Larkin and Lacey are on trial in Arizona on federal charges of facilitating prostitution and money laundering in what authorities say was a scheme to knowingly run for sexual services. In opening statements on Wednesday Sept, 8,their lawyers said the site ran legally allowable for escort services, but didn't publish for sex.
Associated Press. Attorneys for Michael Lacey and James Larkin said in opening statements at their trial that the site ran legally allowable for escort services, but didn't publish for sex. They say the site beefed up its staff and methods for spotting illegalhelped authorities in investigating sexual trafficking cases and earned compliments from law enforcement for their assistance.
Last week, a prosecutor told jurors that the majority of the site's revenue came from prostitution but the founders and operators of Back tried to conceal it. The prosecutor said the site hired content moderators whose job was not to remove prostitution but to edit them so they weren't so blatant.
The prosecutor also said the website developed a partnership with a website where customers wrote reviews of prostitutes, which drove ificant traffic to Back. On Wednesday, U. District Judge Susan Brnovich denied a request for a mistrial made by defense lawyers, who argued a prosecutor's repeated references to sex trafficking during opening statements were inflammatory. While prosecutors say the site published many that depicted children who were victims of sex Lacey escort classified, no one in the federal case in Arizona is charged with sex trafficking or child sex trafficking.
In all, six former Back operators have pleaded not guilty to charges of facilitating prostitution. Of the six, Lacey, Larkin and two others have pleaded not guilty to money laundering charges.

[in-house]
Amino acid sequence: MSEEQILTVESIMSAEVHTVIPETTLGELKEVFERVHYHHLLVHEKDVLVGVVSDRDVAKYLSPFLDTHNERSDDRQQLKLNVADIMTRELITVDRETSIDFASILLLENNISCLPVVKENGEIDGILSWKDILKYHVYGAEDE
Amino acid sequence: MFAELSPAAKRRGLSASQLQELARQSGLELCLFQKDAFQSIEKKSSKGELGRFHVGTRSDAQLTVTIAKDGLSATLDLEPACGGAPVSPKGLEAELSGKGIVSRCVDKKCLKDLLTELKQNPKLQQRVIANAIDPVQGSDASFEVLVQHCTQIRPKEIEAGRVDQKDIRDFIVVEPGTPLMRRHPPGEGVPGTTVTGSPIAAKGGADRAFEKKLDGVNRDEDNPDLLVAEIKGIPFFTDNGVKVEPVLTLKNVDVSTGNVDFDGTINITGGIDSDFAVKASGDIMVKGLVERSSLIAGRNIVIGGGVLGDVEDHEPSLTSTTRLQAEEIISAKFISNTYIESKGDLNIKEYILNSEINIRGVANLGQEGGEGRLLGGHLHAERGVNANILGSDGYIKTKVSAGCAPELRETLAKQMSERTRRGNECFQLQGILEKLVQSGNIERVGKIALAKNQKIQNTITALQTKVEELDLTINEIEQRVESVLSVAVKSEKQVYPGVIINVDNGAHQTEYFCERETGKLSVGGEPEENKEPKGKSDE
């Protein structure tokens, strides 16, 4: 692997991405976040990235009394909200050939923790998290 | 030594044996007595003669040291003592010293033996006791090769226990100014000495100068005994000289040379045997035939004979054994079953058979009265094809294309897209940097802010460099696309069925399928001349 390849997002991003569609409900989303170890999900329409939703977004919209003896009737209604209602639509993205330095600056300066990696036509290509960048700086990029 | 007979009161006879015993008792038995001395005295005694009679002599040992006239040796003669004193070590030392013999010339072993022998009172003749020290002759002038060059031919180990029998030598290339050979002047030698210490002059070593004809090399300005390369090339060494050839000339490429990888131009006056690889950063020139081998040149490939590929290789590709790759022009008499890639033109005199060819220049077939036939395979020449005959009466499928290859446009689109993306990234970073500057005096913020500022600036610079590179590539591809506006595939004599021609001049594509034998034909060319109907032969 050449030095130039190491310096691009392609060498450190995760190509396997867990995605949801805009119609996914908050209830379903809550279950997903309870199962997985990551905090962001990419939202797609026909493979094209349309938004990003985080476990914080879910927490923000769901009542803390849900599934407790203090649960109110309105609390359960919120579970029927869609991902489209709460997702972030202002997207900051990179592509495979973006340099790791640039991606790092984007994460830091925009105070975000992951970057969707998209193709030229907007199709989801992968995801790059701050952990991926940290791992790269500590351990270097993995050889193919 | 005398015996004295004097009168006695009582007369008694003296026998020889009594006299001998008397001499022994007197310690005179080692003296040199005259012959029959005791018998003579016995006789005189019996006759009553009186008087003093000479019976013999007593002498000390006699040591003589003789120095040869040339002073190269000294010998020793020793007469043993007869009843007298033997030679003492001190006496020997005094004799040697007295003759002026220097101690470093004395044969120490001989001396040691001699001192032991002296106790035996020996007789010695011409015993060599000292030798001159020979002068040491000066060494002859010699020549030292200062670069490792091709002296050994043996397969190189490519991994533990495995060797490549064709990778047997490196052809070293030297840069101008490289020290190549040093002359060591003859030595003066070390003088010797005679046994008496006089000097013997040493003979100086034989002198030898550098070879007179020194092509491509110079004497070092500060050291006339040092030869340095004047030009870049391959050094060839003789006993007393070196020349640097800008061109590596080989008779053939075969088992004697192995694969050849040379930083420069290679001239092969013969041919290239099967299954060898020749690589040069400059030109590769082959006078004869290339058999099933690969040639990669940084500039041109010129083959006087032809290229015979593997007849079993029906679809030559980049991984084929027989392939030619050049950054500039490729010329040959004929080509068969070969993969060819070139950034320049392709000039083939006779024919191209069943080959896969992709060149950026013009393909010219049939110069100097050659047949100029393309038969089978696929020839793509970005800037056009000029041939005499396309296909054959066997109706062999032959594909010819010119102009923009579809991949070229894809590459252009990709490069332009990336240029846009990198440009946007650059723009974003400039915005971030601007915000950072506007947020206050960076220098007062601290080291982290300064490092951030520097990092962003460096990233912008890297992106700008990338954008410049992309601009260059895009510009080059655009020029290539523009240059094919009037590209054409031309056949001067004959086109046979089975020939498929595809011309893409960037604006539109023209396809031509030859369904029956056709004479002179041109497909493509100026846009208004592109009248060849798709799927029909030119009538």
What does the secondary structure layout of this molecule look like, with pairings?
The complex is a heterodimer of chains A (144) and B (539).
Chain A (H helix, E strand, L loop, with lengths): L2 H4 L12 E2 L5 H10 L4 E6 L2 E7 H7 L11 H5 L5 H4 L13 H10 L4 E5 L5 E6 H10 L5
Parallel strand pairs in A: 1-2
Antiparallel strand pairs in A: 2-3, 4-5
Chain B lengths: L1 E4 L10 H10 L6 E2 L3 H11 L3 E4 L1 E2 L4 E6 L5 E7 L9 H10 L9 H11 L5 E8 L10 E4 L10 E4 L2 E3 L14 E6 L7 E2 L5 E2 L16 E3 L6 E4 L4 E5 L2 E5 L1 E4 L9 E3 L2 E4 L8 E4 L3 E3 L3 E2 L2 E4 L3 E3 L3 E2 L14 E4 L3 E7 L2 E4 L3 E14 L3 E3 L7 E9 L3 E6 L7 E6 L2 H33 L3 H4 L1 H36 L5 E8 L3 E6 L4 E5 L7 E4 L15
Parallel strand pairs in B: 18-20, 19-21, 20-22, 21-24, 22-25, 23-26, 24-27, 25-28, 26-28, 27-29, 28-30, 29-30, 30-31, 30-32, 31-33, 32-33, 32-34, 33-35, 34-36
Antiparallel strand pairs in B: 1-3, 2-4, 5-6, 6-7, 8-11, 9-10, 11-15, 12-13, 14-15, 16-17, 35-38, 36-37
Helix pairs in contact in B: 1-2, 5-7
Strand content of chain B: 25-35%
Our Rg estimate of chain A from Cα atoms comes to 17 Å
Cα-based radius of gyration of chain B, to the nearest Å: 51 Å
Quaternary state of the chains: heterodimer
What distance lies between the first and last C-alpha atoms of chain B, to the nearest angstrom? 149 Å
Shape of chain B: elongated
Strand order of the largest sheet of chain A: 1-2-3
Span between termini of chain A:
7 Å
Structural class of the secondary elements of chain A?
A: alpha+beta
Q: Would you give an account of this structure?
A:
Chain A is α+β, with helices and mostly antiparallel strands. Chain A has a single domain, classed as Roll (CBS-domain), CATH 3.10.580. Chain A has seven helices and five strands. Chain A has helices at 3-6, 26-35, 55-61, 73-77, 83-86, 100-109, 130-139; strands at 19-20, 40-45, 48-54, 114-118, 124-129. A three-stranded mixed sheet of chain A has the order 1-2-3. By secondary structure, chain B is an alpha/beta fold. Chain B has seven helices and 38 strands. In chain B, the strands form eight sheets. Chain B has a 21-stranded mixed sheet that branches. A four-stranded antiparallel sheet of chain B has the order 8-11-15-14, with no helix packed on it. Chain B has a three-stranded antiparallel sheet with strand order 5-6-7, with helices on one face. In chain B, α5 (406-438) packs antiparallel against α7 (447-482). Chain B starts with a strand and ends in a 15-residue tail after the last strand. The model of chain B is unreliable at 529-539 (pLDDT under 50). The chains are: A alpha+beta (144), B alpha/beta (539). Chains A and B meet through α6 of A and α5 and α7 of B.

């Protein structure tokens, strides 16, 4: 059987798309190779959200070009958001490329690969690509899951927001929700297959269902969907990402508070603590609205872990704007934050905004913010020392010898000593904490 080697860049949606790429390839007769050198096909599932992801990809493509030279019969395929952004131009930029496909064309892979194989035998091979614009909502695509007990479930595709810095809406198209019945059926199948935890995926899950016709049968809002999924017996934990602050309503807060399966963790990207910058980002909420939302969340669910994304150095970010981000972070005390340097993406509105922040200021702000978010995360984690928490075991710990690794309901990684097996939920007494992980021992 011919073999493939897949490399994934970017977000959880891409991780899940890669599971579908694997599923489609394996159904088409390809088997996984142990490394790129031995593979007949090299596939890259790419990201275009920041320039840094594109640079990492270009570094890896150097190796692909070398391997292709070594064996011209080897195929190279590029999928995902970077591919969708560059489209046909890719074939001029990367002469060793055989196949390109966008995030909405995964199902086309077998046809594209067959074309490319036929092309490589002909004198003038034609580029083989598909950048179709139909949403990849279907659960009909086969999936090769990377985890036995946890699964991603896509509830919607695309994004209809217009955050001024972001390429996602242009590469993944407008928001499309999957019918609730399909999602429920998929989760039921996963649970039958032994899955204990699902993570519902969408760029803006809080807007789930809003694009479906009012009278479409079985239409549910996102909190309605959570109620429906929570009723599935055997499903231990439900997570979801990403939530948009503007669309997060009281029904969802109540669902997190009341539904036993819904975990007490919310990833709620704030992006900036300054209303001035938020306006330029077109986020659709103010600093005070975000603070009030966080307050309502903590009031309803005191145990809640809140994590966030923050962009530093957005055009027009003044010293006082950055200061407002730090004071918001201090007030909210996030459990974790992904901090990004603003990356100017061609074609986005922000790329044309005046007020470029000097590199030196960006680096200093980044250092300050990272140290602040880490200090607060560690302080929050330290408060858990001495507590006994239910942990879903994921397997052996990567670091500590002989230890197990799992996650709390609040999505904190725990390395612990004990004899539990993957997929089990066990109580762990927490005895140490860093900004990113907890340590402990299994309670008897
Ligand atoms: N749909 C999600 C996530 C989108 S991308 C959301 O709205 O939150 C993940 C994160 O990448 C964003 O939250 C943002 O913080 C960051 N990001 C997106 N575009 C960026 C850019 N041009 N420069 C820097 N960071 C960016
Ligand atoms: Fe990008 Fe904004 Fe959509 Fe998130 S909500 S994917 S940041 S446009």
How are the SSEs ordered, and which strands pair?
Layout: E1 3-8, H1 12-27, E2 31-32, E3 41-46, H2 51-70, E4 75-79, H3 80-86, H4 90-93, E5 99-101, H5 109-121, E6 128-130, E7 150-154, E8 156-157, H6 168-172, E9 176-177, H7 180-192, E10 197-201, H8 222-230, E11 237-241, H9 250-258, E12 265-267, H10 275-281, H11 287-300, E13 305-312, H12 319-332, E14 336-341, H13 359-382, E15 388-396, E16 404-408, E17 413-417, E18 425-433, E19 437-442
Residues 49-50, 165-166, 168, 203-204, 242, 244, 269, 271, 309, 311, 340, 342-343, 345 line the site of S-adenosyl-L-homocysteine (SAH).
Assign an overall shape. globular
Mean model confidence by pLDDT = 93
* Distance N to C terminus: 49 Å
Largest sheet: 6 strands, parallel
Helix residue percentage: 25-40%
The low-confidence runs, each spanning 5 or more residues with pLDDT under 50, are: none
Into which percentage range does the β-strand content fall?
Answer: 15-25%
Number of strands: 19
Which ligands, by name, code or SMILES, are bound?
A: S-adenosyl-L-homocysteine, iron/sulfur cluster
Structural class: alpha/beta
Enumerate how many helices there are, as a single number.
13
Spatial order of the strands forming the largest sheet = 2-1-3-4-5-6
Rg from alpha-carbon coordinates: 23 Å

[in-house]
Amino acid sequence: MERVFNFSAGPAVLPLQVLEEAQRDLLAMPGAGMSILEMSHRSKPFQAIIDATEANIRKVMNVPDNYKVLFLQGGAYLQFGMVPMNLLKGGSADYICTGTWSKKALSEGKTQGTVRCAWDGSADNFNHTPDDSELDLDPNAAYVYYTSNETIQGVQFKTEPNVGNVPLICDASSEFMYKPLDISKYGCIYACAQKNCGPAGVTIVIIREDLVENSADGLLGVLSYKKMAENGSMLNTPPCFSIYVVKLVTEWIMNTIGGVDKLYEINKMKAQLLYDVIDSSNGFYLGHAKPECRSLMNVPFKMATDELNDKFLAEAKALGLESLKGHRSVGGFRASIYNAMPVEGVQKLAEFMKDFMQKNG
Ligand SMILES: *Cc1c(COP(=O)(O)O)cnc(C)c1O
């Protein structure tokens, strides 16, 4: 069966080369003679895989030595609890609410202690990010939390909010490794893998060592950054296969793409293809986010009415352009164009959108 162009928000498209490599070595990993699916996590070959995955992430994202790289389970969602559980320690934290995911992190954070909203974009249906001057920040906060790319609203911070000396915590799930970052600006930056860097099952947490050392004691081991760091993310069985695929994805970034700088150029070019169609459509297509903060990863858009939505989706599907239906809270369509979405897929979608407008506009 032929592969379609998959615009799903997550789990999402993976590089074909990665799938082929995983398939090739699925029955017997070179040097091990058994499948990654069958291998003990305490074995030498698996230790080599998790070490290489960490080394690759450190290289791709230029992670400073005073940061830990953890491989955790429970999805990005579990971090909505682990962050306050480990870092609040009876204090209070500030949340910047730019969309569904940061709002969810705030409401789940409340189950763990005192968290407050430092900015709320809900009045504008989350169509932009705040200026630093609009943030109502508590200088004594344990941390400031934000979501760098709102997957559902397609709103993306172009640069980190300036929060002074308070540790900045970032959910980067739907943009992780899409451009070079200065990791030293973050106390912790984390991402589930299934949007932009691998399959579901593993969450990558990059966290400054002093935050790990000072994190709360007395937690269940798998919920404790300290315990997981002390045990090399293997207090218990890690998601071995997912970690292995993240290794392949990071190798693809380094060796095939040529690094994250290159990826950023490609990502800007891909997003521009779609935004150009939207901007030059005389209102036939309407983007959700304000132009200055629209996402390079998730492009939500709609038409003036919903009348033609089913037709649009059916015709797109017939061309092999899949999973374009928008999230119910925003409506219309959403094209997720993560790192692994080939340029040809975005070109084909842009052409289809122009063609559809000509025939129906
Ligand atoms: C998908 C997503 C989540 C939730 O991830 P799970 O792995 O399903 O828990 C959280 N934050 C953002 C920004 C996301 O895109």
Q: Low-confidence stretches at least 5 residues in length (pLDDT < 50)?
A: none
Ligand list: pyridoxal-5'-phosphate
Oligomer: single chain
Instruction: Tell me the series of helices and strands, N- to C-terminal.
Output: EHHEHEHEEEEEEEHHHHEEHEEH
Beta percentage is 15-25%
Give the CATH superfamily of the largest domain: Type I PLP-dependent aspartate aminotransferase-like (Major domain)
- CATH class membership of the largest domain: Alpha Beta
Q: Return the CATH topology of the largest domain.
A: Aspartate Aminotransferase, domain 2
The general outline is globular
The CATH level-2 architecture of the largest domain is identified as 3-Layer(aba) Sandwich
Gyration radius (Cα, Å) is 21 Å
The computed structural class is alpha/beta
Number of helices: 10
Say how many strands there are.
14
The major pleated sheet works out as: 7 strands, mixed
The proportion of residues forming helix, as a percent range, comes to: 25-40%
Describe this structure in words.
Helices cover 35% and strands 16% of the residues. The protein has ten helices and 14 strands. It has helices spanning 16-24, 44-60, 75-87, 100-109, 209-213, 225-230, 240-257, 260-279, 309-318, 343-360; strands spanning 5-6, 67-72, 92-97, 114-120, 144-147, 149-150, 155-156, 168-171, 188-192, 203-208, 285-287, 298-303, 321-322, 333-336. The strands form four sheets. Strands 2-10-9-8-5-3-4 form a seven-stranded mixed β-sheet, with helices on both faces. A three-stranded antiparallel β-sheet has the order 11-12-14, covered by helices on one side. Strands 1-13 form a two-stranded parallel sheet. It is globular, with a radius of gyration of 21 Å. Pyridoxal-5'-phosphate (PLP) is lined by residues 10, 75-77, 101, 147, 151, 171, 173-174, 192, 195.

The site's marketing director has already pleaded guilty to conspiring to facilitate prostitution and acknowledged he participated in a scheme to give free to prostitutes to win over their business. Additionally, the CEO of the company when the government shut the site down, Carl Ferrer, pleaded guilty to a separate federal conspiracy case in Arizona and to state money laundering charges in California.
Lacey and Larkin founded the Phoenix New Times, held ownership interests in other weeklies such as The Village Voice and ultimately sold their newspapers in The site's operators are accused of giving free to prostitutes and cultivating arrangements with others who worked in the sex trade to get them to post with the company.
Thomas Bienert, an attorney defending Larkin, read aloud to jurors compliments that law enforcement agencies gave to Back for their cooperation in sex trafficking investigations. Bienert also said the operators of Back had reason to think they were operating legally, saying judges who presided in now-dismissed lawsuits over Back found that its adult services were protected by the First Amendment.
Some people might not like the material published on Back but the were still legal, Bienert said. Defense lawyers say 1st Amendment protected on Back. Get articles sent to your inbox.
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